HOSPITALITY. Sukkot reminds us that we have been mistreated strangers in a strange land. As such, we owe to remember what it's like and be kind and generous with the foreigner in our midst.
- HaShem heard our cries and saw our tears, we should therefore see and hear their cries and tears. (Exo 3:7-8)
- HaShem took us out of oppression to rescue us. We should pay it forward.
- HaShem invited us to be part of His household.
- We should also extend this invitation to others.
It is what Yeshua was talking about when He spoke of: the unrighteous servant,
Then the master summoned his servant and said, 'You wicked servant! I forgave you all that debt just because you begged me to do it. Shouldn't you have had pity on your fellow servant, just as I had pity on you?' And in anger his master turned him over to the jailers for punishment until he paid back everything he owed. This is how my heavenly Father will treat you, unless you each forgive your brother from your hearts."
(Mat 18:32-35 CJB)
Abraham was the chief host. He was known to send his servant Eliezer by the highways and byways of the desert to compel people to come in and refresh themselves in his tent. He did not do this as a form of ritual religious observance, but as an act of gratitude towards Him who lets him in into His everlasting dwellings.
THE WORLD TO COME. This world is not our final home. By emulating our ancestors in the desert, Sukkot reminds us of our temporary status in this world. We are strangers in a strange land. One day we will be home. At that time we will recline and eat in the company of the patriarchs.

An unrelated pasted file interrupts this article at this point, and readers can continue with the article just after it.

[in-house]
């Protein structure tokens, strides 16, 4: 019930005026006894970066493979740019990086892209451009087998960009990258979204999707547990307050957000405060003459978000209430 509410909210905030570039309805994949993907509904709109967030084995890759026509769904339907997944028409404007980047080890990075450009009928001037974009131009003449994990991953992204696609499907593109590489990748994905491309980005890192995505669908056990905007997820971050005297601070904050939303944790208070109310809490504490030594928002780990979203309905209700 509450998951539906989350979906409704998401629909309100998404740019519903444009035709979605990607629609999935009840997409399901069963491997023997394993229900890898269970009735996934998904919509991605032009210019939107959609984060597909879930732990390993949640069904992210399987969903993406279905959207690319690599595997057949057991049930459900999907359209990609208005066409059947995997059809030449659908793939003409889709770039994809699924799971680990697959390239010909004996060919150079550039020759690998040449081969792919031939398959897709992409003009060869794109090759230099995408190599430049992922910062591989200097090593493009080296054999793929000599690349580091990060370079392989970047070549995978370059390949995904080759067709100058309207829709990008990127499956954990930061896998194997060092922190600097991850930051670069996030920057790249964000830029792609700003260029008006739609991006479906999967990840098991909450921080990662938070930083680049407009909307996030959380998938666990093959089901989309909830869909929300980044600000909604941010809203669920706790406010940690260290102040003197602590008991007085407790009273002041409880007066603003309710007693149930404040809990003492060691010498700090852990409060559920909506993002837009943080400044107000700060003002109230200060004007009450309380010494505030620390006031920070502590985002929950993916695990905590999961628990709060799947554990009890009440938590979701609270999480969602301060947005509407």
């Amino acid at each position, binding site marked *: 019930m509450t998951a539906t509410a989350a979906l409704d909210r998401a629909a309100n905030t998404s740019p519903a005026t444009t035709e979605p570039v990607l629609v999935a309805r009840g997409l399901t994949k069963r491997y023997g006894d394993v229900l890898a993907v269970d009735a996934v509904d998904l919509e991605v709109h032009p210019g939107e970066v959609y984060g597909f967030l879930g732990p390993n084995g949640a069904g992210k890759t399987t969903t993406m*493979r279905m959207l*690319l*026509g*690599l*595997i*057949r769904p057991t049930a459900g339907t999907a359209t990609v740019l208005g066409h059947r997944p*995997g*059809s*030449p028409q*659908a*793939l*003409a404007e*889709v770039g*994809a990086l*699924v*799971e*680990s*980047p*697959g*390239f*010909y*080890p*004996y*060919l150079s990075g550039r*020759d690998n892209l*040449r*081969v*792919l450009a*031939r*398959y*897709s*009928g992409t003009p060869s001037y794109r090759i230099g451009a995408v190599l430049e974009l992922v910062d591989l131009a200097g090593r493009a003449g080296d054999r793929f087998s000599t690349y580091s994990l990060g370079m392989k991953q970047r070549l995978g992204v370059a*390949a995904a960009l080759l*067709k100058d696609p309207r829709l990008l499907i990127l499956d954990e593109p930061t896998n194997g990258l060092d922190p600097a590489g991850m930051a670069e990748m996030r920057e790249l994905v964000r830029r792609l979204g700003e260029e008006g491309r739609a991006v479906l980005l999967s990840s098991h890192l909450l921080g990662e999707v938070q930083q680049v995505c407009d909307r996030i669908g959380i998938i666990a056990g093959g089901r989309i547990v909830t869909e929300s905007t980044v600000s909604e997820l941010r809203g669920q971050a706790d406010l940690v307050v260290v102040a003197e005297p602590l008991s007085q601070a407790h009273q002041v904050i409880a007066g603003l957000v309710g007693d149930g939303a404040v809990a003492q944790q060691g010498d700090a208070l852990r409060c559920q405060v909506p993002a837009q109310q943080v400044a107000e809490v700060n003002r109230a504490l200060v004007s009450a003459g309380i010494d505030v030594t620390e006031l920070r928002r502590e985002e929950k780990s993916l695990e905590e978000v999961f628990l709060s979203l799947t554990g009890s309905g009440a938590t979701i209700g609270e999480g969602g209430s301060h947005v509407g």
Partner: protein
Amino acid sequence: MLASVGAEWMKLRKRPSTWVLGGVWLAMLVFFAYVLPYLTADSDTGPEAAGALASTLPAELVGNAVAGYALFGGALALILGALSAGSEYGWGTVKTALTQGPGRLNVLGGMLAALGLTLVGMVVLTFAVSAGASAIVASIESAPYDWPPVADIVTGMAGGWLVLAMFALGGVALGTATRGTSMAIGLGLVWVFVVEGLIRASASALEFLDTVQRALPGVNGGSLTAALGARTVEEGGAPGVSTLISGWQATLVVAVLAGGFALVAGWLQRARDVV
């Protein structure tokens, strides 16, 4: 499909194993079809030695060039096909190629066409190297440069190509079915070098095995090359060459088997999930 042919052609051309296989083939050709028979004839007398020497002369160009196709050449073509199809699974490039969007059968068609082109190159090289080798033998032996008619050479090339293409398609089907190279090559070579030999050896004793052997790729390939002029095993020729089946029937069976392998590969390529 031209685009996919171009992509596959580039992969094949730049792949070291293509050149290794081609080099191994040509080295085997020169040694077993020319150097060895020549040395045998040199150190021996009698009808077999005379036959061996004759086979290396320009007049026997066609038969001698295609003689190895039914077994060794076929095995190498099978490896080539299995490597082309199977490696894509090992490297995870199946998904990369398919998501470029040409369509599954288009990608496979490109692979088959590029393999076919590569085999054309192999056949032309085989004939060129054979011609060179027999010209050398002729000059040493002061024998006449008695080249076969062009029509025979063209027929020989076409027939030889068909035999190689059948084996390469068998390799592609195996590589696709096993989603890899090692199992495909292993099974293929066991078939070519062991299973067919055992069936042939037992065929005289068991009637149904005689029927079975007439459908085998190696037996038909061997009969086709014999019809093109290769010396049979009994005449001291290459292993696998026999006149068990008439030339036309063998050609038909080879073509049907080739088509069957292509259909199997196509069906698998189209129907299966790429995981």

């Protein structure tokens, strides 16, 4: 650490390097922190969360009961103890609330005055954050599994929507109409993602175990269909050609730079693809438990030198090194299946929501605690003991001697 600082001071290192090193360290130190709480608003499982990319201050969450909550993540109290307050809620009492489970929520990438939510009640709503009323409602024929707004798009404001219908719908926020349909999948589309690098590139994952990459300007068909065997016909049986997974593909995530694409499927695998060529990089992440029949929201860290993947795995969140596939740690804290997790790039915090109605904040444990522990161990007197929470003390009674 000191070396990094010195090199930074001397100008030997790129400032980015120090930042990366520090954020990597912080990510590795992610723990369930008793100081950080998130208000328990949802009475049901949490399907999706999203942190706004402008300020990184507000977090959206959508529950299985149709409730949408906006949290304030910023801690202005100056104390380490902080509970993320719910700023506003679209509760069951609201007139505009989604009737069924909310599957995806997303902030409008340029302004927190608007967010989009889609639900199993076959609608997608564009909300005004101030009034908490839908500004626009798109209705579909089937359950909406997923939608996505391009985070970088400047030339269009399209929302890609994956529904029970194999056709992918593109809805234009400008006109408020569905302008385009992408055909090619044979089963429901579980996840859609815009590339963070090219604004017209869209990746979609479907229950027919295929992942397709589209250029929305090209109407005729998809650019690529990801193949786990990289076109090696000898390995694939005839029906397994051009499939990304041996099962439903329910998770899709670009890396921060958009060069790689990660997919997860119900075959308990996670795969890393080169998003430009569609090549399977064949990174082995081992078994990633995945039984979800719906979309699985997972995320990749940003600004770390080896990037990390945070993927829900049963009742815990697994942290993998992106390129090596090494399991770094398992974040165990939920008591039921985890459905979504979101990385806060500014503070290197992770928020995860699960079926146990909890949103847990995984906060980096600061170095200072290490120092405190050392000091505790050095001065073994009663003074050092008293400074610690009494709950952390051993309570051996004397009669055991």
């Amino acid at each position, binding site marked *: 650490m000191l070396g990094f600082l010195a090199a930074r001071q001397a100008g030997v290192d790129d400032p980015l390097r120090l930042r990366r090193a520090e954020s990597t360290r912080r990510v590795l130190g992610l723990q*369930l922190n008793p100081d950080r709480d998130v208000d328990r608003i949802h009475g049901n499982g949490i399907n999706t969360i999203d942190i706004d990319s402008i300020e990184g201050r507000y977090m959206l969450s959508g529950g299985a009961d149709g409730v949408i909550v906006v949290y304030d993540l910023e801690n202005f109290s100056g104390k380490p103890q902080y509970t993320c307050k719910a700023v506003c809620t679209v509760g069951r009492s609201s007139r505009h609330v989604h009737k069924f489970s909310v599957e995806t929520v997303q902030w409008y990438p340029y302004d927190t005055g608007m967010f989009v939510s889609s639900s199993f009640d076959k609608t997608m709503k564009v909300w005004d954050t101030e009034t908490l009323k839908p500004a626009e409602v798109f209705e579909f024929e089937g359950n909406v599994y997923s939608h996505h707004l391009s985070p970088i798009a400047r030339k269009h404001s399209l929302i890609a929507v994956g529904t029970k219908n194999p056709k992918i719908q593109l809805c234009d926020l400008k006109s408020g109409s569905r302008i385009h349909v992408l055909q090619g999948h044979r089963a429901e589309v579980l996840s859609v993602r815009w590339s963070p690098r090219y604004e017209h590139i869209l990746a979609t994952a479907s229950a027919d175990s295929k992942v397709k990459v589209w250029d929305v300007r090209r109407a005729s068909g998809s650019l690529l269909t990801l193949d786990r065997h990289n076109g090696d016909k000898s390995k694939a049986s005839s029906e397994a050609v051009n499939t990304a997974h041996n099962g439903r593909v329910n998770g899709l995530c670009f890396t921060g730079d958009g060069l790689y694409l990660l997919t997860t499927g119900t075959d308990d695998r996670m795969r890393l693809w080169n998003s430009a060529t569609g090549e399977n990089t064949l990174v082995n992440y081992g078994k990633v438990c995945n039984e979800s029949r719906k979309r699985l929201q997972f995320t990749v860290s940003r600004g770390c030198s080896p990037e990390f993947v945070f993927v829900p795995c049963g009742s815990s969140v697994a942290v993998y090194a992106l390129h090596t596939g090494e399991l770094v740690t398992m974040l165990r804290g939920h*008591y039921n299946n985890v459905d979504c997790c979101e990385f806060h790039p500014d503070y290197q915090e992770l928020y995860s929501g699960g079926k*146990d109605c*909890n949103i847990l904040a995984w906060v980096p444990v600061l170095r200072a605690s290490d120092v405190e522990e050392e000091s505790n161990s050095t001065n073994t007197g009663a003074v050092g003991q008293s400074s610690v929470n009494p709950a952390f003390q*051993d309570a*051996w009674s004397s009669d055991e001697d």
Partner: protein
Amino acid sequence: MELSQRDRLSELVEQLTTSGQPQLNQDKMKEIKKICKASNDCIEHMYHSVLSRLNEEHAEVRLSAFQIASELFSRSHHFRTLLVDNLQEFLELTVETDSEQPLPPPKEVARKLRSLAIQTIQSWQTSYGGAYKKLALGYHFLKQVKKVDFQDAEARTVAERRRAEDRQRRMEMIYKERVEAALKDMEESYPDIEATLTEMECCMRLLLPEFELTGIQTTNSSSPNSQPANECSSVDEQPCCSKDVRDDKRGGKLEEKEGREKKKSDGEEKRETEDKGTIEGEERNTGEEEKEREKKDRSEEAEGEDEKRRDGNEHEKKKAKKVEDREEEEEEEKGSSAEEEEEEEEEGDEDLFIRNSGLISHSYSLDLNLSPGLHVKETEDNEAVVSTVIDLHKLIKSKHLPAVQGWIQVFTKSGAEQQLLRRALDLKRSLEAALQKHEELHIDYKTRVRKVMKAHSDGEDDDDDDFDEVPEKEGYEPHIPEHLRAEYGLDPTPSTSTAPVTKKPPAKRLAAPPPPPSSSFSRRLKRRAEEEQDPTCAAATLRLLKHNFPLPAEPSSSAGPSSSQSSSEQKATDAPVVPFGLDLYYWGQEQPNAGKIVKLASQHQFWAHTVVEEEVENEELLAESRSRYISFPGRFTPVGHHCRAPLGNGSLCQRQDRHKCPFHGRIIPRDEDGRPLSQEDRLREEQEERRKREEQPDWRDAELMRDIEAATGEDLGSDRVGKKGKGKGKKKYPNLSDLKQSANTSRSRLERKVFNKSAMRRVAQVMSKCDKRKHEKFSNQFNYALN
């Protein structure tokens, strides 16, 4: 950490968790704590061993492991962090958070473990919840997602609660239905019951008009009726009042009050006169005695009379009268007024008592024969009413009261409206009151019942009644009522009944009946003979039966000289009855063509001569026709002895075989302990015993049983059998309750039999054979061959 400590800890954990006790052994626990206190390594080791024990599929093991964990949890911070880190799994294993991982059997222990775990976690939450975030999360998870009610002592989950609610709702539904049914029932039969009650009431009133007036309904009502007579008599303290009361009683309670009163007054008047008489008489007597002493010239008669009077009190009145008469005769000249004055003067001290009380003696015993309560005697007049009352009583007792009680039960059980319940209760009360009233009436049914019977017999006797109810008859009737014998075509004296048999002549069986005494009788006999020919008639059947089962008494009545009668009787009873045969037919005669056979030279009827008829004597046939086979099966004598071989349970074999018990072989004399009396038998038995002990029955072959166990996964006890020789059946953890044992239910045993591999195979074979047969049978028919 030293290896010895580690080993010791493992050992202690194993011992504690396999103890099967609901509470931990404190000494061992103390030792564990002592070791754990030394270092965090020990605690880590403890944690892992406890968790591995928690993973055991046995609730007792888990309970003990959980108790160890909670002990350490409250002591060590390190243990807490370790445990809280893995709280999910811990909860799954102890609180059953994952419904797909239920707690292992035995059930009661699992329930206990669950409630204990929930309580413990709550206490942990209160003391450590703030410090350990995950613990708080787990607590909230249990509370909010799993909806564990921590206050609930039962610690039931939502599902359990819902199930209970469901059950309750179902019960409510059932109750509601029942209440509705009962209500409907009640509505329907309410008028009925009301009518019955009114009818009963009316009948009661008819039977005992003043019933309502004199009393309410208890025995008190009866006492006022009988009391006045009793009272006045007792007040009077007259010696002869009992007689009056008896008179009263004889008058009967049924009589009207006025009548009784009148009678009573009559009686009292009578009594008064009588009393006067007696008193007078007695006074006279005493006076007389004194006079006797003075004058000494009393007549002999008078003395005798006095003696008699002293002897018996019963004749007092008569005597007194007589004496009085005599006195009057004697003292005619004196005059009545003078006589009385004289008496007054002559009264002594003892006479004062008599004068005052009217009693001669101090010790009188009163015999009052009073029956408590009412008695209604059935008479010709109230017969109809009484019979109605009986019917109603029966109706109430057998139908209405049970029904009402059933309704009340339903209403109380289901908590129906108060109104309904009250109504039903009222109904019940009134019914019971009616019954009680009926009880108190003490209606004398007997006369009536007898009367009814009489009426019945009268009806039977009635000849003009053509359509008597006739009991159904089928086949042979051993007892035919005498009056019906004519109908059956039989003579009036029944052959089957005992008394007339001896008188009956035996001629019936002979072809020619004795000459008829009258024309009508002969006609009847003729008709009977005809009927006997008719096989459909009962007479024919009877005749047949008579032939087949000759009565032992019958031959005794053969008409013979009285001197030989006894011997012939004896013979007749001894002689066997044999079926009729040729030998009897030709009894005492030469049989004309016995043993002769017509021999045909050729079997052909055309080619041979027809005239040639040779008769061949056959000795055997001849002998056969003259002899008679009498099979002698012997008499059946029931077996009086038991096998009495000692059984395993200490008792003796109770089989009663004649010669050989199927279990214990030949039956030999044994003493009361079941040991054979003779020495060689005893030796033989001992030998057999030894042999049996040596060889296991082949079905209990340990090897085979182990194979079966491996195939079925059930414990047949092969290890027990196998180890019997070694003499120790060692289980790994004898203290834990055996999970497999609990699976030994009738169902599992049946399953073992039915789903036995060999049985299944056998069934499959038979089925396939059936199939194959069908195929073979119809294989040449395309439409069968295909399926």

There is a Sukkot tradition to receiving guests. To have guests in your sukka is one of the highest mitzvah. HaShem receives us in the way we receive others. We will be received in the same manner we receive others.
In the industrial West, the idea of hospitality has lost some of its shine. We often do not want to be bothered with cleaning the house, preparing special food, or breaking out the china. We leave the house as it is, buy something from the store, and use paper plates. Maybe it is because I was raised in Europe, but to me when someone comes to visit, we try to present a clean and comfortable house, prepare special food served in china dishes. It should be all the more so when we receive people from the household of Messiah: the Saints. What shouldn't we do for those that HaShem loves so much that he sent His Son to redeem with a great and mighty arm!
If we bring out our best for our guests, He’ll bring out His best for us. Paraphrasing Yeshua’s words, the measure with which we practice hospitality will be used towards us also. (Mat 7:2)